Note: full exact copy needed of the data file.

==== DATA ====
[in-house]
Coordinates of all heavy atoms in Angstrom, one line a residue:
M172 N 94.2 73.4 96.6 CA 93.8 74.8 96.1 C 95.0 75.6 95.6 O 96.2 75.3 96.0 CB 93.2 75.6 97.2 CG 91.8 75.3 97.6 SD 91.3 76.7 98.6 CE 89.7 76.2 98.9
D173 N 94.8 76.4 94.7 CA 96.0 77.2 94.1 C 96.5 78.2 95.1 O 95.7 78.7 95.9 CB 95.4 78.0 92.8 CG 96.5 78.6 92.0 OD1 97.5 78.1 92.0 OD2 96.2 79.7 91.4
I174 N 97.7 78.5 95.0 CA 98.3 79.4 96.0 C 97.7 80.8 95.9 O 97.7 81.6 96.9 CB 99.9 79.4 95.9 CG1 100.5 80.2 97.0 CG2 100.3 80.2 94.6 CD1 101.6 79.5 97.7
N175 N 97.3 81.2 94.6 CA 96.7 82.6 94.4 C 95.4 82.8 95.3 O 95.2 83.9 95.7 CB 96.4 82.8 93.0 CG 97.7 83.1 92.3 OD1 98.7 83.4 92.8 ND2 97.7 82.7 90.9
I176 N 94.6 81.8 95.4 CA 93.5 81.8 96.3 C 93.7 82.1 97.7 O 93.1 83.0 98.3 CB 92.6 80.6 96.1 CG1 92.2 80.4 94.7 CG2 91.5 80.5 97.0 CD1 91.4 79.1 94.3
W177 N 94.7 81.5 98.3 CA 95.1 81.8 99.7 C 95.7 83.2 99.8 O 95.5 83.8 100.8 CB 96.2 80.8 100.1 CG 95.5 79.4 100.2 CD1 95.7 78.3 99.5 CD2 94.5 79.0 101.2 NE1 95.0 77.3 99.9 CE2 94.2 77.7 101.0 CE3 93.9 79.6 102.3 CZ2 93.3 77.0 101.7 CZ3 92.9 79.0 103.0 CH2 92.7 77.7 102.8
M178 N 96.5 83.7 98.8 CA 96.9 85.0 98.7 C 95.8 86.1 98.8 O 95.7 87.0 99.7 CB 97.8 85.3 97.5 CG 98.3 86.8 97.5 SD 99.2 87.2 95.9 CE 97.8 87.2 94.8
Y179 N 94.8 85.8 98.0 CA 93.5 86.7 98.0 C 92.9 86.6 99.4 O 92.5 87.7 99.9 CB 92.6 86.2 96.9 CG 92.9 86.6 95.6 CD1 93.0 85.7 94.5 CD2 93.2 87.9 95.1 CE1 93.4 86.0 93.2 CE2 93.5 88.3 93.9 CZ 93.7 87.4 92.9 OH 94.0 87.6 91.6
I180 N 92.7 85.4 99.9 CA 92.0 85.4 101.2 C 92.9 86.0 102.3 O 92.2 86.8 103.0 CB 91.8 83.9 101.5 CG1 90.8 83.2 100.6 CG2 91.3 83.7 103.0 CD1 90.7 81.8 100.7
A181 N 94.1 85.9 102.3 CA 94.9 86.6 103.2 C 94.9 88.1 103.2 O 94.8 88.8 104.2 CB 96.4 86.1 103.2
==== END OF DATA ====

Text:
[in-house]
Coordinates of all heavy atoms in Angstrom, one line a residue:
M172 N 94.2 73.4 96.6 CA 93.8 74.8 96.1 C 95.0 75.6 95.6 O 96.2 75.3 96.0 CB 93.2 75.6 97.2 CG 91.8 75.3 97.6 SD 91.3 76.7 98.6 CE 89.7 76.2 98.9
D173 N 94.8 76.4 94.7 CA 96.0 77.2 94.1 C 96.5 78.2 95.1 O 95.7 78.7 95.9 CB 95.4 78.0 92.8 CG 96.5 78.6 92.0 OD1 97.5 78.1 92.0 OD2 96.2 79.7 91.4
I174 N 97.7 78.5 95.0 CA 98.3 79.4 96.0 C 97.7 80.8 95.9 O 97.7 81.6 96.9 CB 99.9 79.4 95.9 CG1 100.5 80.2 97.0 CG2 100.3 80.2 94.6 CD1 101.6 79.5 97.7
N175 N 97.3 81.2 94.6 CA 96.7 82.6 94.4 C 95.4 82.8 95.3 O 95.2 83.9 95.7 CB 96.4 82.8 93.0 CG 97.7 83.1 92.3 OD1 98.7 83.4 92.8 ND2 97.7 82.7 90.9
I176 N 94.6 81.8 95.4 CA 93.5 81.8 96.3 C 93.7 82.1 97.7 O 93.1 83.0 98.3 CB 92.6 80.6 96.1 CG1 92.2 80.4 94.7 CG2 91.5 80.5 97.0 CD1 91.4 79.1 94.3
W177 N 94.7 81.5 98.3 CA 95.1 81.8 99.7 C 95.7 83.2 99.8 O 95.5 83.8 100.8 CB 96.2 80.8 100.1 CG 95.5 79.4 100.2 CD1 95.7 78.3 99.5 CD2 94.5 79.0 101.2 NE1 95.0 77.3 99.9 CE2 94.2 77.7 101.0 CE3 93.9 79.6 102.3 CZ2 93.3 77.0 101.7 CZ3 92.9 79.0 103.0 CH2 92.7 77.7 102.8
M178 N 96.5 83.7 98.8 CA 96.9 85.0 98.7 C 95.8 86.1 98.8 O 95.7 87.0 99.7 CB 97.8 85.3 97.5 CG 98.3 86.8 97.5 SD 99.2 87.2 95.9 CE 97.8 87.2 94.8
Y179 N 94.8 85.8 98.0 CA 93.5 86.7 98.0 C 92.9 86.6 99.4 O 92.5 87.7 99.9 CB 92.6 86.2 96.9 CG 92.9 86.6 95.6 CD1 93.0 85.7 94.5 CD2 93.2 87.9 95.1 CE1 93.4 86.0 93.2 CE2 93.5 88.3 93.9 CZ 93.7 87.4 92.9 OH 94.0 87.6 91.6
I180 N 92.7 85.4 99.9 CA 92.0 85.4 101.2 C 92.9 86.0 102.3 O 92.2 86.8 103.0 CB 91.8 83.9 101.5 CG1 90.8 83.2 100.6 CG2 91.3 83.7 103.0 CD1 90.7 81.8 100.7
A181 N 94.1 85.9 102.3 CA 94.9 86.6 103.2 C 94.9 88.1 103.2 O 94.8 88.8 104.2 CB 96.4 86.1 103.2